Hard rock is a form of rock & roll music that finds its closest roots in early 1960s garage rock. Budgie, AC/DC, The Stooges, MC5, Living Colour, Prong, Skid Row, Jimi Hendrix and Deep Purple are easy to find examples of early hard rock. Van Halen (up to 1984) typifies the energy of this genre. The genre achieved maximum popularity between 1969 and 1985.
A "classical" hard rock band is usually a four person lineup:
Many bands have two guitar players, and, optionally, a synthesizer player.
Hard Rock is usually, but not always written with major key song construction, as opposed to heavy metal, which is often minor key oriented. There is a heavy reliance on the pentatonic scale for most elements of song construction, and fifths are often substituted for traditional chords. Chord progressions are commonly associated to 1-4-5 degrees of the scale, as in rock & roll.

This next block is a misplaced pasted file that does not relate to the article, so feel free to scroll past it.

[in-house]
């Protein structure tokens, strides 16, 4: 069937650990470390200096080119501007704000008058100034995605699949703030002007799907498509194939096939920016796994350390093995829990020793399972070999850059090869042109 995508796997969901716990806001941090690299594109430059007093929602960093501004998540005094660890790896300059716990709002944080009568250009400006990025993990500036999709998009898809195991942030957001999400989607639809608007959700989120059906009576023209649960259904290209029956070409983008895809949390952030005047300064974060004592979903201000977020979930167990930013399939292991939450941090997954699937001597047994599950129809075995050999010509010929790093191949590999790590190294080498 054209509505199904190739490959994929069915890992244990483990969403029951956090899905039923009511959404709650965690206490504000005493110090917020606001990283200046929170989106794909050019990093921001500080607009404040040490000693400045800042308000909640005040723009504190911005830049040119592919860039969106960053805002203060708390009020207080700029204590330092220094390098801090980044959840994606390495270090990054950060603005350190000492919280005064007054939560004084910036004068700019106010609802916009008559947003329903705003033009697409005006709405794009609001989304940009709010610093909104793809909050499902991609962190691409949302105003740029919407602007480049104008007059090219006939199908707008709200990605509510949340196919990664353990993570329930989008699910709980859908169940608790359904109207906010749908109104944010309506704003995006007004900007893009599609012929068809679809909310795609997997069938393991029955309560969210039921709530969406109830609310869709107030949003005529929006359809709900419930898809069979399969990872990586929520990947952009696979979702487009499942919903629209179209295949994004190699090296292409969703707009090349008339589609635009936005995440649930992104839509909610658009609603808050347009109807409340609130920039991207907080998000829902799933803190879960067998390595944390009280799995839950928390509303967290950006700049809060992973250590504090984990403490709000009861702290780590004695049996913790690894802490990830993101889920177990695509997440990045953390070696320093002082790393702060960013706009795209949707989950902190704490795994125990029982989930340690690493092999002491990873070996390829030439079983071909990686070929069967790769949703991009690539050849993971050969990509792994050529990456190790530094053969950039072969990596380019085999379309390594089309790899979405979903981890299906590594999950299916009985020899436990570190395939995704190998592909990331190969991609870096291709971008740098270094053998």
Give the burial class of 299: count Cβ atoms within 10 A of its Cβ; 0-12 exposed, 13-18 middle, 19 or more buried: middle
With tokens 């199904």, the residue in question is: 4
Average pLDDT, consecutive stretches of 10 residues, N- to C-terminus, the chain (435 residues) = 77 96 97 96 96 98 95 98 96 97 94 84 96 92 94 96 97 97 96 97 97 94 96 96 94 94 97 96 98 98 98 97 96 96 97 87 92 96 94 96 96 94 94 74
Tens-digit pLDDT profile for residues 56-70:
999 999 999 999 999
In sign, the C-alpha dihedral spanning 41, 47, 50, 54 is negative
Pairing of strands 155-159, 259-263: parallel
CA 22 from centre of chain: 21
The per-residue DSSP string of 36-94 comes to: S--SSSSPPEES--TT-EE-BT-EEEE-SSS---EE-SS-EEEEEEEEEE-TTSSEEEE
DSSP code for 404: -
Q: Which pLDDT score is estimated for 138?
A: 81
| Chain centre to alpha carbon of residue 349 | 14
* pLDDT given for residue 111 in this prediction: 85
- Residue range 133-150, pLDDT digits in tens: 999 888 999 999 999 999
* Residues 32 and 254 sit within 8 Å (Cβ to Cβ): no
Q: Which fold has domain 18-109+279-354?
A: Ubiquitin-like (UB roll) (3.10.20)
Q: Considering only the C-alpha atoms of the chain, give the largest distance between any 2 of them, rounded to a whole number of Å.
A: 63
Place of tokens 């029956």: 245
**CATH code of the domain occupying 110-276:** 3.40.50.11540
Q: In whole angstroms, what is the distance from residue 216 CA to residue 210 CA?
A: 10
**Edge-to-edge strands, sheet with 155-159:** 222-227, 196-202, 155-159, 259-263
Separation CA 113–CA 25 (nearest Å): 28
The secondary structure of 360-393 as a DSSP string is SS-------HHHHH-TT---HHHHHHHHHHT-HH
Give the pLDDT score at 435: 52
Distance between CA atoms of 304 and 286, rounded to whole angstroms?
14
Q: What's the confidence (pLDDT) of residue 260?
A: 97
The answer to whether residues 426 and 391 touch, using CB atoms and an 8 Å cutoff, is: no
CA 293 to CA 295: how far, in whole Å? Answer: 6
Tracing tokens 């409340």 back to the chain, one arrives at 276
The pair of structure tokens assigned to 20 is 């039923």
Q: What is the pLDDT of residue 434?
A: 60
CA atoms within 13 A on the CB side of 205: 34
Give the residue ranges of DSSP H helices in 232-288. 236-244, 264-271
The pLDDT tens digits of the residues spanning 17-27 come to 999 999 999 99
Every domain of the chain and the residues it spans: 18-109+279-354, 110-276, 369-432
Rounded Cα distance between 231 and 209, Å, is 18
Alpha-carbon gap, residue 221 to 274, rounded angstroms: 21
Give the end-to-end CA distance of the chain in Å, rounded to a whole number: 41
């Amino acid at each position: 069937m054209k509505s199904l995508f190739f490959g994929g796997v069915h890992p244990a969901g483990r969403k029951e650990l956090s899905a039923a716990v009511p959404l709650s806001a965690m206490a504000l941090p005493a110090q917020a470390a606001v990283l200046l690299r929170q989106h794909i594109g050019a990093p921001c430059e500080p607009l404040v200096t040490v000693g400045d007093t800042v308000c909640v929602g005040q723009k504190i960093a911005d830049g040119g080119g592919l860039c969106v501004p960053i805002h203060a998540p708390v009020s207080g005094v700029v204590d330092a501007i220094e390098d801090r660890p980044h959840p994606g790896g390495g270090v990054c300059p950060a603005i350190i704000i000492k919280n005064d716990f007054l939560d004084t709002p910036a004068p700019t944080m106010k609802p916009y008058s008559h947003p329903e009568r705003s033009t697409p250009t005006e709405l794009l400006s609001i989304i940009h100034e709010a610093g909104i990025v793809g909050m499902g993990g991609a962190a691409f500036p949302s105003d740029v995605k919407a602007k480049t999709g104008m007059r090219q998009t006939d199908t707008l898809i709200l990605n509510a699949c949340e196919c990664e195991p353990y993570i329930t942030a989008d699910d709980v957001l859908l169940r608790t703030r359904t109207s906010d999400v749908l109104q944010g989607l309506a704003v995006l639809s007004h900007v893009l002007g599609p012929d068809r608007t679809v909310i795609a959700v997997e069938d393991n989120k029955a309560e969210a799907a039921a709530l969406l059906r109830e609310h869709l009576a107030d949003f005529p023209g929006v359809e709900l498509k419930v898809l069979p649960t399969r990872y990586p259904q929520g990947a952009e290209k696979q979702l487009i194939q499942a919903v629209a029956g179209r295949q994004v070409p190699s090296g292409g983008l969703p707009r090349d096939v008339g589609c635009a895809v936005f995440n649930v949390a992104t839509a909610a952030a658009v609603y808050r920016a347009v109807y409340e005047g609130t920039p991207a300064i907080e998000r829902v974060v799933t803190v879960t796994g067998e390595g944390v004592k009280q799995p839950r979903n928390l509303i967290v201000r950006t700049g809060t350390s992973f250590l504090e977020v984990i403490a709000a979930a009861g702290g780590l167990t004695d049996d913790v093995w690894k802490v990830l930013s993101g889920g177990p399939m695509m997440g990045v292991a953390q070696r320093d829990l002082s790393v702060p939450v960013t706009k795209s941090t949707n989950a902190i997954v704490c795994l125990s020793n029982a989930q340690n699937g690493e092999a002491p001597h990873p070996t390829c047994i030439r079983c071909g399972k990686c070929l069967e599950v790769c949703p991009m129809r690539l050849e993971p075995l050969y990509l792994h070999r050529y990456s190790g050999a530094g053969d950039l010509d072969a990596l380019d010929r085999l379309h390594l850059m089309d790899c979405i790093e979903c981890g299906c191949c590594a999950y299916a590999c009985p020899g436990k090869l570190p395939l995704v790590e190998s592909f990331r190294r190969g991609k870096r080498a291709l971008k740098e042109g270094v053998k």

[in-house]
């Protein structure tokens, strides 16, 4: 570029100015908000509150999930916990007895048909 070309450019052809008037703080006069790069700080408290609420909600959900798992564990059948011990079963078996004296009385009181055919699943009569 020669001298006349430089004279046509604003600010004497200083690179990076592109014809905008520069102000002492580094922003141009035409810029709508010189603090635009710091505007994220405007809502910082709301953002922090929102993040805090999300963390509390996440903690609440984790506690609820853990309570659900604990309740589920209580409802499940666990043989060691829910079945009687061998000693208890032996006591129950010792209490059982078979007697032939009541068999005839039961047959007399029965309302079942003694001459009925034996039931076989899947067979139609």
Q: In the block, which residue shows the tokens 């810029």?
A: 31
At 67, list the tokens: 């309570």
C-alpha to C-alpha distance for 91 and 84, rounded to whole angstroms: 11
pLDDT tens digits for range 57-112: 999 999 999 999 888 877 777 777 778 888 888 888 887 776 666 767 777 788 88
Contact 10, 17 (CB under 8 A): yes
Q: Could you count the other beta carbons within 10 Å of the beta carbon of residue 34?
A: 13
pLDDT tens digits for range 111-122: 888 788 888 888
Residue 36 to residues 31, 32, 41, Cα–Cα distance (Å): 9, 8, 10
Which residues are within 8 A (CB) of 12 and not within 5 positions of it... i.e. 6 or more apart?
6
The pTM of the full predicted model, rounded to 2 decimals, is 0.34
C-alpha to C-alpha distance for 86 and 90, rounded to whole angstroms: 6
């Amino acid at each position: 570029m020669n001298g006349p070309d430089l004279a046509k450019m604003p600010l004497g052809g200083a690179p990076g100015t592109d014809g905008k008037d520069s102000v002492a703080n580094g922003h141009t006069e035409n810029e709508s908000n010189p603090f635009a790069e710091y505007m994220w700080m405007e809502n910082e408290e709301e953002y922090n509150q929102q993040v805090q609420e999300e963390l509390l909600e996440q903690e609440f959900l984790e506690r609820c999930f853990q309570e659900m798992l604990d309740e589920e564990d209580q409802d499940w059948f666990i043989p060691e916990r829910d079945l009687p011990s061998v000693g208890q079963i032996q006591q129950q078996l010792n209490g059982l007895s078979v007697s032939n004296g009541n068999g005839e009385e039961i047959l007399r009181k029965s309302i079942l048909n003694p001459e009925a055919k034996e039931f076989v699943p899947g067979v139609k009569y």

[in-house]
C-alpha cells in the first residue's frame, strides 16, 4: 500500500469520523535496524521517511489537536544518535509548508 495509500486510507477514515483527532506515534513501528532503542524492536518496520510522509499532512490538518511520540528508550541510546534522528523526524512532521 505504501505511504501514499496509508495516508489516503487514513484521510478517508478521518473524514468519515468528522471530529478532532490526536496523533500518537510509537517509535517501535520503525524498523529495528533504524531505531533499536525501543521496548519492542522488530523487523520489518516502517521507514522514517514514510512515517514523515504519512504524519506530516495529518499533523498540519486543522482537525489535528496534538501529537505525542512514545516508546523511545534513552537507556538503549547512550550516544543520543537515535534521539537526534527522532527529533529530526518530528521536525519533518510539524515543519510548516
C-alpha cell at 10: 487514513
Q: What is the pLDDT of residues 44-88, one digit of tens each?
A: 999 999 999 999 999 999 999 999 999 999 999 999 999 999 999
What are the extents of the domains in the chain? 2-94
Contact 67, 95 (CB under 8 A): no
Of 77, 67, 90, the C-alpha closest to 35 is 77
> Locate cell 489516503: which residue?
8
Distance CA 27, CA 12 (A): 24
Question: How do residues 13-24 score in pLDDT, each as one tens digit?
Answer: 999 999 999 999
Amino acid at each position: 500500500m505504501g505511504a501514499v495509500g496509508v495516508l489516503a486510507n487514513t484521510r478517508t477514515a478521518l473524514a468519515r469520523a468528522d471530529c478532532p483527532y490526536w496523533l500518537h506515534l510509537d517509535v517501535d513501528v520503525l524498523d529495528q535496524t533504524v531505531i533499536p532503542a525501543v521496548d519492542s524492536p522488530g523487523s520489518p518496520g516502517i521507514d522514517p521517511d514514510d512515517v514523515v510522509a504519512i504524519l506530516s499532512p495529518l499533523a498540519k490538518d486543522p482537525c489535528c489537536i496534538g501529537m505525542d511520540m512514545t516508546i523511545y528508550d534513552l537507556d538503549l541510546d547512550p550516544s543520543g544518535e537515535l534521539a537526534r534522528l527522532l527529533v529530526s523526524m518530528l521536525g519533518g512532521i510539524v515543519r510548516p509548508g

It is typified by a bright, trebly overdrive distortion effect on the guitars, lending to its overall sound. Drums can range from 100-150 Beats Per Minute, with 120 BPM being typical. Bass is usually round & warm sounding.
The guitar solo is very important part of a hard rock song, and leads to the credibility of the song just as much as the lyrics and vocal melodies do. Songs are generally hook laden, and consist of:
- an intro
- an ending
Punk rock, Gothic rock, Industrial music, funk, and fusion also claim these roots, but branch off at different points, eliminating elements that are considered unnecessary, and adding elements to typify their genre. Interestingly, death metal and industrial music also incorporate a march rhythm.
See alsow: IRIS